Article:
But I also believe there is a place at the table for insurers in the development of best practices from a service, quality and financial perspective. There is a shared customer of each party who expects a good experience from their chosen service provider—insurer and restorer — and therefore much can be gained by working together to create that positive experience. Until that gap is bridged to determine how to accomplish this, friction in the area of who defines best practices will continue to build.

(To be continued…)

Closing the Gap – Part 10

Challenge #9  — Value Justification

Everyone competing in today’s market has the need to spend resources wisely. This is true for mutual companies, stock companies and restoration companies. No one seeks to waste precious resources.  Thus all expenditures are theoretically reviewed on a regular basis to ensure that there is an appropriate return on the investment made (ROI).

For restorers, it is easier to justify a return on investment in their services. For a price, the restorer will return a property to its pre-loss condition, and in fact, usually better than it was. The investor (the property owner and/or the insurer) can visibly see the impact of their investment just by looking at the before-and- after pictures. While it is true that there are periodic challenges to the amount of the investment “because Uncle John, my normal handyman, could do it for less” or because there is a lack of knowledge on the part of the investor regarding psychrometry, stachybotrys, lead certification, containment, clearance testing and other factors related to a restoration that follows industry standards, these challenges tend to be on the margin. Restorers generally have no need to cost justify what they do; only how much they get paid to do it.

By contrast, insurers have a more difficult time validating their expenditures related to the property claims process, primarily within their own organizations.  The claims department is a cost center for an insurance company; the department generates no revenue. Further, there are two types of costs: indemnity costs (what they must directly pay to cover each loss) and adjustment costs (what they must pay internally to manage the claims process.) It is these latter costs – the adjustment costs – that are most under the microscope, especially the largest subset of these costs, which are people costs.  It is critical that each employee (or retained vendor) demonstrate the financial value that their work brings to the table (a positive ROI). The easiest way to do this is to demonstrate savings —showing some way that their work has specifically lowered the insurer’s cash outflow.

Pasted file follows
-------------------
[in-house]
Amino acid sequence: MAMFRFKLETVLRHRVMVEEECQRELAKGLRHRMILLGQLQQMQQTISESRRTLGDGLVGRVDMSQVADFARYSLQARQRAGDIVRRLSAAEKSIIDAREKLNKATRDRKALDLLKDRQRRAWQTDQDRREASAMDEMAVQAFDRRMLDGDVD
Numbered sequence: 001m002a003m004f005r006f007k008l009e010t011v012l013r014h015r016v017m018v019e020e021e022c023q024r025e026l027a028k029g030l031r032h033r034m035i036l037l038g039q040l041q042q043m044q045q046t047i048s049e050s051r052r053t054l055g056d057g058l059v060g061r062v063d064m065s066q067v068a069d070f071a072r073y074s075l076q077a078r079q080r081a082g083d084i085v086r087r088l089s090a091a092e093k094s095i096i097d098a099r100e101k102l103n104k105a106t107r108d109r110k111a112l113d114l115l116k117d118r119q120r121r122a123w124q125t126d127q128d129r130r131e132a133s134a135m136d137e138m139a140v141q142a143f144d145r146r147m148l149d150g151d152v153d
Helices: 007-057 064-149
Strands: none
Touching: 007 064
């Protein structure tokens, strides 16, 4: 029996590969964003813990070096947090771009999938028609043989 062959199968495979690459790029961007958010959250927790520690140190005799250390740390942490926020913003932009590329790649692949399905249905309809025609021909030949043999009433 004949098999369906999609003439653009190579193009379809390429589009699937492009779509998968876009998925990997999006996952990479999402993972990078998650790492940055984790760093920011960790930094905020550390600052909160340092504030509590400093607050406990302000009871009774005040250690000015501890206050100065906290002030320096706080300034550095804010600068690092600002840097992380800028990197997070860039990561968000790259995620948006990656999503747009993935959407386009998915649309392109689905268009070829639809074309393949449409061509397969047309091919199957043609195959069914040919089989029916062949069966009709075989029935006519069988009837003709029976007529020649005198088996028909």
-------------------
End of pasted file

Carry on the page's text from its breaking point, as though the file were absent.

Suffice it to say, this need to deliver a positive ROI to justify headcount expense can periodically create friction costs between restorers and insurers.

(To be continued…)

Closing the Gap – Part 9

Challenge #8  — Structural Market Imbalance

While there is some correlation between the amount of property loss claims payments made each year and the amount of revenue generated by restoration contractors (most losses are covered by insurance and most post-damage work is performed by professionals within the restoration industry), that is where the market’s structural alignment ends.

In the property insurance world, there are hundreds of insurers with the 10 largest representing over 63 percent of the total insurance premiums written, according to the 2009 homeowners data from the Insurance Information Institute.  This is a very high concentration of the market. By contrast, in the restoration contractor market, there are thousands of restoration companies with the 10 largest restoration entities representing significantly less than 10 percent of the market. This is very low concentration. This difference in market concentration has a significant impact on market dynamics and market influence.

Consider simply that if the largest insurance carrier were to cease doing business with a particular contractor, or to pull out of the market all together, the effect would be an immediate 20 percent reduction in revenue for each market contractor, on average.  Given that most carriers in fact have significant concentrations of their business with a considerably smaller group of contractors, the impact of a change in approach by the largest carrier would have a dramatic impact on one or more of those contractors, including potentially putting them out of business.